Ulysses S. Grant

New to the Collection: Odd Fellows Gavel

 2014_036DP2DBBy 1900, over 250 fraternal groups existed in the United States numbering six million members.  To fully understand and appreciate Freemasonry in America, the Scottish Rite Masonic Museum & Library collects objects and documents associated with all types of fraternal organizations.  Many of these groups were inspired by Freemasonry and adopted similar structures and rituals.  We recently acquired this carved gavel with the three-link chain symbol of the Independent Order of Odd Fellows.  The gavel represents fifty years of American history.  An inscription on the head of the gavel reads “Presented to Grant Lodge No. 335 by H.W. Swank Lookout Mtn. April 29, 1914.”

In November 1863, Lookout Mountain, near Chattanooga, Tennessee, was the site of the Civil War’s “battle above the clouds.”  Under the leadership of General Ulysses S. Grant (1822-1885), the Union Army was able to attack the Confederate troops who occupied the mountain and drive them away.  The following day the Union forces continued to Missionary Ridge and broke the Confederate lines around Chattanooga.  Unfortunately, H.W. Swank’s connection to Lookout Mountain is unknown.  Was he one of the soldiers that fought in that battle?  Did he have a relative that fought there?  Did he just enjoy the natural beauty of the site?  The mountain continued to be a tourist destination, as shown in this cabinet card from the Museum’s collection.  During the late 1800s and early 1900s, Americans began to visit Civil War sites as they healed from the war and remembered those who were lost there. 85_80_29DS2

Originally founded in England in 1745, the American branch of the Odd Fellows was organized in Baltimore in 1819 by Thomas Wildey (1782-1861).  The group took several cues from Freemasonry – they share some symbols, as well as the three-degree structure for initiation, although the specific rituals are different.  Presumably, Swank was a member of Grant Lodge No. 335, which was located in Redkey, Indiana, a town about halfway between Indianapolis and Fort Wayne.  Thirteen members instituted Grant Lodge No. 335 in Redkey in September 1869.  According to a 1922 local history, Oddfellowship “prospered in Jay county [where Redkey was located] and…several lodges are reported to be doing well.”

The gavel is currently [September 2014] on view in our lobby as part of a changing display of recent acquisitions.  Consider coming by to see it – or leave us a comment below about whether you have been to Lookout Mountain!

Independent Order of Odd Fellows Gavel, 1914, Tennessee, Museum purchase, 2014.036.  Photograph by David Bohl.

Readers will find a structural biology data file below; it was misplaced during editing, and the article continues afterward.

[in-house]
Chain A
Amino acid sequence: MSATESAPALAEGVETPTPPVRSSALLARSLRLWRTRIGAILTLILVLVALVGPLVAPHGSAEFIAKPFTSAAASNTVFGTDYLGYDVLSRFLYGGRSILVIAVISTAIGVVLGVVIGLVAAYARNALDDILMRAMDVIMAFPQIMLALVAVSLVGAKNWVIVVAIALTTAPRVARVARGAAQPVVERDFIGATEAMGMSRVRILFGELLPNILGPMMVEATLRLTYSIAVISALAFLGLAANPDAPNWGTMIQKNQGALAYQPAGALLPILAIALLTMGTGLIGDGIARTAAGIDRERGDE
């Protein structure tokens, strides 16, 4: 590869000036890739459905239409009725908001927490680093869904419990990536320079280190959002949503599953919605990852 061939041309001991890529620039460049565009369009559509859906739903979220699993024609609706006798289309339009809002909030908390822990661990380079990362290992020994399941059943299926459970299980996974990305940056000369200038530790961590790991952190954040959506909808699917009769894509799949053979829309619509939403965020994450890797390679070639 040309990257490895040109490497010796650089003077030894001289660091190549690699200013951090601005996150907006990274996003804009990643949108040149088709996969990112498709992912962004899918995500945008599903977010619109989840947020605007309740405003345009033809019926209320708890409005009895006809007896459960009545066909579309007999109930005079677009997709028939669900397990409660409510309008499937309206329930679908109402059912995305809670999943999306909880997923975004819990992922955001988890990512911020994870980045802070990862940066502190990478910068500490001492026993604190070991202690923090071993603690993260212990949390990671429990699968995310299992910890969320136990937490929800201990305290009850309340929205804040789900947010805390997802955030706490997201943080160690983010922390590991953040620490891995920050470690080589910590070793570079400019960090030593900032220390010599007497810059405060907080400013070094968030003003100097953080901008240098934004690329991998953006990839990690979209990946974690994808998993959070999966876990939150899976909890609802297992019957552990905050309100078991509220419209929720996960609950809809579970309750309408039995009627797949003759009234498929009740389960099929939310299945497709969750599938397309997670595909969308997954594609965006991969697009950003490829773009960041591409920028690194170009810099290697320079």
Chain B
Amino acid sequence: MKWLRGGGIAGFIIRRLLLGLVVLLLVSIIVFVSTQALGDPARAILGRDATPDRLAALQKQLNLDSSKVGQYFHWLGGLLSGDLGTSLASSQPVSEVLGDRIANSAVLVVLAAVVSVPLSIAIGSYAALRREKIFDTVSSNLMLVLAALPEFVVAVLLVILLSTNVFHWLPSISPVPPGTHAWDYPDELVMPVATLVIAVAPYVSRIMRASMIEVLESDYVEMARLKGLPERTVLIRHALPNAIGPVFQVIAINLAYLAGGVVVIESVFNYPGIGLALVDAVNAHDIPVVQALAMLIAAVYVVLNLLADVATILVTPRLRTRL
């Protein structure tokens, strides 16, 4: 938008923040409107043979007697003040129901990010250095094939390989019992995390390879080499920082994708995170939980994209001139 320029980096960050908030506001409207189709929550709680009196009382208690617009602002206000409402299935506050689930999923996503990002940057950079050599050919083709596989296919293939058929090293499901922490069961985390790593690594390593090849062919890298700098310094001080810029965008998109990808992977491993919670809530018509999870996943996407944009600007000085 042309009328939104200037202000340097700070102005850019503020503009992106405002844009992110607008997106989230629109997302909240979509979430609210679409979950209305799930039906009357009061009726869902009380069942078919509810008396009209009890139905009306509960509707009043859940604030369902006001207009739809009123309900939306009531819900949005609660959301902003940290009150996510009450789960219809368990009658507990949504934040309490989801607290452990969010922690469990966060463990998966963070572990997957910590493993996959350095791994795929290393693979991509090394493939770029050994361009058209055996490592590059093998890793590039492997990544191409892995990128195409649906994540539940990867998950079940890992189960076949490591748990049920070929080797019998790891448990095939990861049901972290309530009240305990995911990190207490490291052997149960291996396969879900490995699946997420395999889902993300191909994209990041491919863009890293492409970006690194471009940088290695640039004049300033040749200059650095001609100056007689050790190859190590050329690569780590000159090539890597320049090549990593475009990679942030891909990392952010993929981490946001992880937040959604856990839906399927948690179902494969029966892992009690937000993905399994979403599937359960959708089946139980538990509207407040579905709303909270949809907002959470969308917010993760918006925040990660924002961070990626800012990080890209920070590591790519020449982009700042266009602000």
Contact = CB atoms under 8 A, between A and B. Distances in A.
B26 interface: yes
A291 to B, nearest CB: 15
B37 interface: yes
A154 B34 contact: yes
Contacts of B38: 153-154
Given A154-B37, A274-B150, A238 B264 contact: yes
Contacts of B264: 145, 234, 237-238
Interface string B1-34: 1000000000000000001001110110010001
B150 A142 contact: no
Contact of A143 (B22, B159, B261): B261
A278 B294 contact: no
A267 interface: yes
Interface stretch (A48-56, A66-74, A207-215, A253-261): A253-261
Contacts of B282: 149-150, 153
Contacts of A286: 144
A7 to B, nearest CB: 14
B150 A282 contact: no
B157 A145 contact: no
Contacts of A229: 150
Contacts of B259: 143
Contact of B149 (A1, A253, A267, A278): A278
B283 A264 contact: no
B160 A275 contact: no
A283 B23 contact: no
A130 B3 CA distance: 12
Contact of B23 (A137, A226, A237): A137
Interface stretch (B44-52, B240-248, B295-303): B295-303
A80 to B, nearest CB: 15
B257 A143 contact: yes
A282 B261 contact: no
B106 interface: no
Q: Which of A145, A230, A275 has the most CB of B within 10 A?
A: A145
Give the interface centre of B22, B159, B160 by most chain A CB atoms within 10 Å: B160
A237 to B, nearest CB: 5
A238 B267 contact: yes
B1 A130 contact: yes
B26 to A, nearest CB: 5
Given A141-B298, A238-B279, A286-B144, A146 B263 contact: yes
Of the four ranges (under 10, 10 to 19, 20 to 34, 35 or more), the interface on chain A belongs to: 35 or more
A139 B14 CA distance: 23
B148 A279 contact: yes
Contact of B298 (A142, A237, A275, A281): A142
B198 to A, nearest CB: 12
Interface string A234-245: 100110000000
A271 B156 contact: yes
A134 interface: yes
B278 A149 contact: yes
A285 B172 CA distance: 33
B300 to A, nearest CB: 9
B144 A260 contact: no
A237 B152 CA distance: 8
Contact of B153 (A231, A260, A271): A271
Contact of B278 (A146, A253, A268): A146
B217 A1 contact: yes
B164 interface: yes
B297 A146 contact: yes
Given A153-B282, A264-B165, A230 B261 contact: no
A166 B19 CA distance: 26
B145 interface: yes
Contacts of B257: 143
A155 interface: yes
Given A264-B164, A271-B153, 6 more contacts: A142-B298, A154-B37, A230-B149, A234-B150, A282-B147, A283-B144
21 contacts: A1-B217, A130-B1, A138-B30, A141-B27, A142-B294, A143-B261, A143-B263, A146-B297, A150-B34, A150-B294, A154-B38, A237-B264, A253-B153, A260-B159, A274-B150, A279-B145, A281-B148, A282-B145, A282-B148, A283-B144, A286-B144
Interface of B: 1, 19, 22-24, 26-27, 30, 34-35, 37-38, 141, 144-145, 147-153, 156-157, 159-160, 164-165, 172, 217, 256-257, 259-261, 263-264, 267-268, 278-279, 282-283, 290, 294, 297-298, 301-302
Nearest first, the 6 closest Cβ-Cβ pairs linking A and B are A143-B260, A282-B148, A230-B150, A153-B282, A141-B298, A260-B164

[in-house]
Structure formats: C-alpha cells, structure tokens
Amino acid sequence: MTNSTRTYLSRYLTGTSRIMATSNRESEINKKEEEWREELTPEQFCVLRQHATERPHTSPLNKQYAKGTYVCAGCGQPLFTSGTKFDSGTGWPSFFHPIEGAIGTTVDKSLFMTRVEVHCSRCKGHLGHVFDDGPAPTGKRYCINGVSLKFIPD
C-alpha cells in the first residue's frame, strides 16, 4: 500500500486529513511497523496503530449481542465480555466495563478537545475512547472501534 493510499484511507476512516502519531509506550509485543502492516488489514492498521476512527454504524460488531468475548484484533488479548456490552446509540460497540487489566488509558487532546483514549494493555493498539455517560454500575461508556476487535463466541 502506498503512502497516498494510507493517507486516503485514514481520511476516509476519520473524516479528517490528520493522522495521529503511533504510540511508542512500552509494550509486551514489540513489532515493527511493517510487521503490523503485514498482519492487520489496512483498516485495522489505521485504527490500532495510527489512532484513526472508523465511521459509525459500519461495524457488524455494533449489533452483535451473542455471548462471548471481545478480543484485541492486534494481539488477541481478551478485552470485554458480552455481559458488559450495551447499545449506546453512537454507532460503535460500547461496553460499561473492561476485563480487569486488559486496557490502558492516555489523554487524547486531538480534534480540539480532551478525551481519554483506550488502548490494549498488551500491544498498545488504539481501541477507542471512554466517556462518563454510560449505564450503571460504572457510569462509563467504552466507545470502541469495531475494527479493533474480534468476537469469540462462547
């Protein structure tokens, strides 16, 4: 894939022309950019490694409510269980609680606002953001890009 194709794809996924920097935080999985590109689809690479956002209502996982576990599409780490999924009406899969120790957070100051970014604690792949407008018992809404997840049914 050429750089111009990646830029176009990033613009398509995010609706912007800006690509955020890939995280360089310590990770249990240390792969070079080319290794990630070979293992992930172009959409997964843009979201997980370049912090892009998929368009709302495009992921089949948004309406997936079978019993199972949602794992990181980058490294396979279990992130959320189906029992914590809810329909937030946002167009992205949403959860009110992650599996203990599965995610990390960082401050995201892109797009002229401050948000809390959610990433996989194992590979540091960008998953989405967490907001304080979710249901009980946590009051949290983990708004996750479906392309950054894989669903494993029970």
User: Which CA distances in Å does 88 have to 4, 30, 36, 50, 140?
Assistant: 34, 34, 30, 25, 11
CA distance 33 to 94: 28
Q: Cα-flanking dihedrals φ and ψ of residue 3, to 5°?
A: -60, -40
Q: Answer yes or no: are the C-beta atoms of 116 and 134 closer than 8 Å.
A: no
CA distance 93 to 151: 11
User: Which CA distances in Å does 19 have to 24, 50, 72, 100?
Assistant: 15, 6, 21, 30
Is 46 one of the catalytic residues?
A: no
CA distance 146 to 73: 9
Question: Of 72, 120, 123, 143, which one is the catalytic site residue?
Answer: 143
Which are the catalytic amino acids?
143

Unidentified Group at Lookout Mountain, 1870-1920, J.B. Linn, Tennessee, gift of the Supreme Council, 33°, Ancient Accepted Scottish Rite, Northern Masonic Jurisdiction, USA, 85.80.29.

Who is buried in Grant’s Tomb?

78_75_6 Henry Boese In the summer of 1885, the nation mourned the passing of Ulysses S. Grant (1822-1885), the much admired general and president.  His family decided to bury him in New York City, where he had lived for some years.  A supporter donated a plot on the western edge of upper Manhattan and friends formed an association to fund and build a suitable memorial.  On the day of the funeral, over two weeks after Grant's death, sixty thousand marchers processed along Broadway. Citizens draped buildings along the route in black.  One million people viewed the miles-long procession. 

Memorial organizers constructed a temporary brick vault to hold Grant's remains.  Days after the former president was placed in the tomb, a local newspaper voiced concerns that mourners and relic-seekers might soon strip the surrounding trees of their leaves and remove all the gravel from the drive. Guards watched the tomb and helped keep order. 

Sited in a part of the city that was, at the time, more like the countryside, the vault's location featured expansive views of the Hudson River.  During the 12 years that organizers planned and constructed a permanent monument, the temporary brick tomb proved a popular destination for holiday-makers.  So much so that a New York landscape artist, Henry Boese (1824-1897), composed this peaceful scene of people at leisure strolling in the area on a sunny day.  His view emphasizes the picturesque location of the vault as well as the patriotic nature of the site with its flag and uniformed guard.  You can click on the image of this painting to see more detail, or come view it in person in Curators’ Choice: Favorites from the Collection at the National Heritage Museum.

81_26_19a_24DS1 cropped and edited for blogEventually, after many years of fundraising, design and building, workers completed the permanent memorial. At hundred and fifty feet high, making it the largest mausoleum in North America.  Building the structure required 8,000 tons of granite. The finished, permanent tomb continued to attract visitors, as seen in this amateur photograph taken by a member of the Gilman family in the early 1900s that is now part of the Museum's collection.  You can still visit Grant's Tomb today.

 Grant’s Tomb, 1885–1897. Henry Boese (1824-1897), New York, New York. National Heritage Museum, gift of Mr. and Mrs. Richard Manney, 78.75.6.

Grant’s Tomb (from a negative). Member of the Gilman Family, New York, New York. National Heritage Museum, gift of Mr. and Mrs. Martin A. Gilman, 81.26.19a.24.